The White House declined Tuesday to answer questions on whether President Trump knew about adviser Jared Kushner’s alleged attempts during the presidential transition to establish back-channel communications with Russia.
Asked if Kushner had indeed attempted to negotiate a back channel with Russia, White House Press Secretary Sean Spicer said at the daily press briefing,“That assumes a lot. I am not going to get into what the president did or did not discuss. But what your question assumes is a lot of facts not substantiated by anything but a lot of anonymous sources that are so far leaked out.”
He also pointed out that National Security Adviser H.R. McMaster and Homeland Security Secretary John Kelly said over the weekend that so-called back-channel communications with other countries are generally helpful.
The investigations into whether Trump associates colluded with the Kremlin during the 2016 presidential race and before Trump assumed office now include questions about Kushner’s role, according to several recent news reports.
Spicer on Tuesday also reiterated that an attorney for Kushner, Trump’s son-in-law, has said his client is willing to discuss the matter with investigators.
He spoke hours after White House Communications Director Michael Dubke confirmed he is leaving the job, fueling speculation about a West Wing shakeup amid Trump’s continued frustration over so-called “fake news.”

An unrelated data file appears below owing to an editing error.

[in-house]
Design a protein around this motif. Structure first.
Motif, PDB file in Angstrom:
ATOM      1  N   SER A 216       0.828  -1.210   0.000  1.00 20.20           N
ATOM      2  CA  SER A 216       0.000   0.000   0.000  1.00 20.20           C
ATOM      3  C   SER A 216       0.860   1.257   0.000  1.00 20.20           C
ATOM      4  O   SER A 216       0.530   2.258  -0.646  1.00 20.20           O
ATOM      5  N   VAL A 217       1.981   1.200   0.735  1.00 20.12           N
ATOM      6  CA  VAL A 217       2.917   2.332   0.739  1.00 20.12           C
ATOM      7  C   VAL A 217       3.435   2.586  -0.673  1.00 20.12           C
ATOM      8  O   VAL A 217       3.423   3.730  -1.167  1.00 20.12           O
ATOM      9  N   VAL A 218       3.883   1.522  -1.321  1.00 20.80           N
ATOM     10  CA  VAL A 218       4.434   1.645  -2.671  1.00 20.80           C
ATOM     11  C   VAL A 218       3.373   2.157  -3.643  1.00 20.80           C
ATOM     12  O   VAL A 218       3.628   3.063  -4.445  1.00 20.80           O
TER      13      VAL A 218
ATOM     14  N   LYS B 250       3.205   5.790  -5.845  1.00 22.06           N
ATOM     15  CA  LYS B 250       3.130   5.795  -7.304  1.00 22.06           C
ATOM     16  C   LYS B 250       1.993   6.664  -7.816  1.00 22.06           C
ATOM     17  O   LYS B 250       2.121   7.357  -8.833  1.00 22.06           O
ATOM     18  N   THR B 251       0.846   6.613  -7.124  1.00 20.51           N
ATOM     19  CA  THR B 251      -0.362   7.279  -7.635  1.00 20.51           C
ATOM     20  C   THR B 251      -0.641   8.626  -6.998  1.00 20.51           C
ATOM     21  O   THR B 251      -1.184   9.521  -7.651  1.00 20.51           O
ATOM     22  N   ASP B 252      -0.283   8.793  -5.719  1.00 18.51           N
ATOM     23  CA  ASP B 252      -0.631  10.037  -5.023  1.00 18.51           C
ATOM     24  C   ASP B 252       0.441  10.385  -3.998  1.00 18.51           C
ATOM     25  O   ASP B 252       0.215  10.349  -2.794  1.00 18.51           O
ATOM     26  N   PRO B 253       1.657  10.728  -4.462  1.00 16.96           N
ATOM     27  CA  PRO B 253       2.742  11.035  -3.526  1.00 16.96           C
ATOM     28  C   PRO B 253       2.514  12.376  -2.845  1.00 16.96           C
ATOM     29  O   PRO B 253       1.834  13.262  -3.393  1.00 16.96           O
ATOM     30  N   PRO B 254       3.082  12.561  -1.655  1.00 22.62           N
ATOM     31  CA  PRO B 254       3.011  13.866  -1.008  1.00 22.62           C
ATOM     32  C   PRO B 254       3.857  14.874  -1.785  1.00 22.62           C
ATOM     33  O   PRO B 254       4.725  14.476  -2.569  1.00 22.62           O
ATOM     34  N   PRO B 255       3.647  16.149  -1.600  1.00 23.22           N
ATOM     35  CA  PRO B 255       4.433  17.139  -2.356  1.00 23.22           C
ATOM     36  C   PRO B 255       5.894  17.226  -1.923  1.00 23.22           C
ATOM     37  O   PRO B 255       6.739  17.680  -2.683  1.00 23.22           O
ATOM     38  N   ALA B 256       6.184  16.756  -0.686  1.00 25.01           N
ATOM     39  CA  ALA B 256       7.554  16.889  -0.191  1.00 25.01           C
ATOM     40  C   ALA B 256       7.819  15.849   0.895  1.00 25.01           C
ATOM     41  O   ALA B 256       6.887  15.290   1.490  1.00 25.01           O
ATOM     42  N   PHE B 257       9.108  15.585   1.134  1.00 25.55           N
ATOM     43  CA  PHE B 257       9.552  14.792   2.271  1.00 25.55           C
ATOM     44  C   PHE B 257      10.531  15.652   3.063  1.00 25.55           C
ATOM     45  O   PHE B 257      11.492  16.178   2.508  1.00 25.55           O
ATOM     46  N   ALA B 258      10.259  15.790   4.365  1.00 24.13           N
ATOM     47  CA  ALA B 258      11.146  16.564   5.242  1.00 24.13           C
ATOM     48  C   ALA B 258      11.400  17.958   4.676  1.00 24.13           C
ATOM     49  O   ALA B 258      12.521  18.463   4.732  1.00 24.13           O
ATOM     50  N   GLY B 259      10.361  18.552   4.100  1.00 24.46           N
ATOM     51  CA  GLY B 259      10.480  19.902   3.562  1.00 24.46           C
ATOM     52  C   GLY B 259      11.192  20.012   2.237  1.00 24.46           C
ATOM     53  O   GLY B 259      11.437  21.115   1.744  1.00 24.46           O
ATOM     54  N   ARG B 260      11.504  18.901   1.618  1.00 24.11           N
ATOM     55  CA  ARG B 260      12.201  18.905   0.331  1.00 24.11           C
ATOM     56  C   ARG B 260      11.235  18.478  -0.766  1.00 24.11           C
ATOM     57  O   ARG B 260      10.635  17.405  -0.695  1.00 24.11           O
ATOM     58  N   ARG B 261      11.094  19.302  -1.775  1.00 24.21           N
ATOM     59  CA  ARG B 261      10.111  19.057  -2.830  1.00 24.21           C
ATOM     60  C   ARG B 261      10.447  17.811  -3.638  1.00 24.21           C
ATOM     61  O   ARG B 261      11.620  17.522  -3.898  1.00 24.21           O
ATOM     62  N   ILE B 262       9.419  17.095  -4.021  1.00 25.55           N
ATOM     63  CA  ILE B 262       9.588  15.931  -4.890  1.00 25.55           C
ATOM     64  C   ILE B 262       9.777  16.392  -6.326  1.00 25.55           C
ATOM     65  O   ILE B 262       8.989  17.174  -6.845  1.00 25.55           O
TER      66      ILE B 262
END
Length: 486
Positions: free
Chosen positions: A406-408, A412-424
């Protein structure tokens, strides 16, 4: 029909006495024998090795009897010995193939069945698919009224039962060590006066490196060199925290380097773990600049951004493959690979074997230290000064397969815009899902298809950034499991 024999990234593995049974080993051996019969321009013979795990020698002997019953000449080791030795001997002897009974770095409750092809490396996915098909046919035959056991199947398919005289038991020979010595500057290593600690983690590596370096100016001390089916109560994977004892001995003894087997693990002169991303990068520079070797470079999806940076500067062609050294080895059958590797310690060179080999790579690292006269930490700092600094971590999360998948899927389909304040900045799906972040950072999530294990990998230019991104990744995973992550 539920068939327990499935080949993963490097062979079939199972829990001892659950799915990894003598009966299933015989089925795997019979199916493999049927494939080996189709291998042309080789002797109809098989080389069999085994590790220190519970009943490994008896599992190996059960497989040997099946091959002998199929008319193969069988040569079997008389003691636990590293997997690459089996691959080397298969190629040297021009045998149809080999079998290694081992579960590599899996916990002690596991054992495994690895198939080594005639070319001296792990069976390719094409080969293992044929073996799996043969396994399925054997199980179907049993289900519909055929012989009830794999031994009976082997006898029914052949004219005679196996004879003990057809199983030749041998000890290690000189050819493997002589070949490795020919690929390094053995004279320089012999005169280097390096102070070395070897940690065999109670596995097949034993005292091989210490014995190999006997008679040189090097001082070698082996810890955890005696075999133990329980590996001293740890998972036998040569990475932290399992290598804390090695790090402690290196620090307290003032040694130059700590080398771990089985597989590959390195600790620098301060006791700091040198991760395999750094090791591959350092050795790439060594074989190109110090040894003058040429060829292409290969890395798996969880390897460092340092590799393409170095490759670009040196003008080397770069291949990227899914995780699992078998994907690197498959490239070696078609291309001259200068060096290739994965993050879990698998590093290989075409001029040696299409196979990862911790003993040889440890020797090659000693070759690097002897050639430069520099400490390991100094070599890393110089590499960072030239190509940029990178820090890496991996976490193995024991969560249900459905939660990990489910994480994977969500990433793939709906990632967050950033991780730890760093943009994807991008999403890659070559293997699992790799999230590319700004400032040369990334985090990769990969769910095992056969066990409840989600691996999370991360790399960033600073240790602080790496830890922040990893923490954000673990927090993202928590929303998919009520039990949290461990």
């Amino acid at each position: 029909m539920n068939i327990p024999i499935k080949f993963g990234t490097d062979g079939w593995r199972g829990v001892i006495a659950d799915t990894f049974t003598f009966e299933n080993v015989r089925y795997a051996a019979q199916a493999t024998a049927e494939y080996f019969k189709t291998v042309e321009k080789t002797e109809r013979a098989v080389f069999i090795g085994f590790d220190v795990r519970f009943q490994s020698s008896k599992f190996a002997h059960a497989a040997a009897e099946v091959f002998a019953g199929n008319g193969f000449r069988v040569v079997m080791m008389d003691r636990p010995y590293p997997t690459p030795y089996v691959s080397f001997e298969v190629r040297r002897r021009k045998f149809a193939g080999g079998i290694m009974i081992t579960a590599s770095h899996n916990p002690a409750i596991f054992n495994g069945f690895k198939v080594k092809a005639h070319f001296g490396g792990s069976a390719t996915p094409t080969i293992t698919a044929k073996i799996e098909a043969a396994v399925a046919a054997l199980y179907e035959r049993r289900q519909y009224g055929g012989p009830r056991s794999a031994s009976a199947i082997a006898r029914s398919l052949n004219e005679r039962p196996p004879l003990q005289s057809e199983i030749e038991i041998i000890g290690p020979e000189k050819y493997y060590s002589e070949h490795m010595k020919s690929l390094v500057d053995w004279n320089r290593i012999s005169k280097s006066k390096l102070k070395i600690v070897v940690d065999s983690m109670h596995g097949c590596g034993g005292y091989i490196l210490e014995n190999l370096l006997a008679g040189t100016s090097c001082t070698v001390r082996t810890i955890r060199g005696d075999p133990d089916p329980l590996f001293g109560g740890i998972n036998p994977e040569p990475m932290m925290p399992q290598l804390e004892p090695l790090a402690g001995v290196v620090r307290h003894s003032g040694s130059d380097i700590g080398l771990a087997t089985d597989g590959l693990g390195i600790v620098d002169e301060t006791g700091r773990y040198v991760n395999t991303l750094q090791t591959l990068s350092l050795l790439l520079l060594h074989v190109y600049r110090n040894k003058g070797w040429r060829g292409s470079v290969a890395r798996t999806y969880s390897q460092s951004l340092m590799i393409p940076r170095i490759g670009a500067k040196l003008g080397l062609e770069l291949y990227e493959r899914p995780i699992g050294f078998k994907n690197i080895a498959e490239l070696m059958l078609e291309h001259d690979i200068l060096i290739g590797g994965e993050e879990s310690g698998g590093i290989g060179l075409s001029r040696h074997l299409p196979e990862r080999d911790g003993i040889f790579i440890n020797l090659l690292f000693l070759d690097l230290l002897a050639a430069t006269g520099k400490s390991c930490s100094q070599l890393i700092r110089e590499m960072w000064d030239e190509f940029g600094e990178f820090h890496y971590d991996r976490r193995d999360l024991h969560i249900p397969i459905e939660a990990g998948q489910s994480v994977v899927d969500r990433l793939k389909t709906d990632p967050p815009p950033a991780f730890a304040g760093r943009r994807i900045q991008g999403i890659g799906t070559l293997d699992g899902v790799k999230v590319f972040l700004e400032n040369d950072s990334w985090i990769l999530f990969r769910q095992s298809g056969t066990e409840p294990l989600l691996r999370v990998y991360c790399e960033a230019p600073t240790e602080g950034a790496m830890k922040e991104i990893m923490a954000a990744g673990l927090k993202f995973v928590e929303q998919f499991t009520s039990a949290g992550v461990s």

“The president gets frustrated when he sees false stories being published,” said Spicer, who also said Trump is “very pleased” with his team, including an “unbelievably qualified Cabinet.”
The press conference started with Spicer reviewing Trump’s just completed nine-day international trip with such superlatives as “incredible” and “historic,” but ended with him again defending the administration’s allegations about fake, or intentionally erroneous, news. Spicer then abruptly exited the briefing room.
On the question of German Chancellor Angela Merkel appearing this weekend to suggest that European Union countries can no longer rely on the United States under Trump, Spicer said the two world leaders have a “fairly unbelievable” relationship.
He also disputed the assumption that Merkel was moving away from Trump, after the president declined last week to join six other nations at the G-7 summit in Brussels in reaffirming their commitment to the 2015 Paris Climate Agreement, which attempts to reduce greenhouse gases linked to climate change.
Spicer read Merkel’s comment Sunday in which she suggested the EU go forward amid “friendships” with the U.S. and other nations. He also said Trump has “great respect’ for Merkel.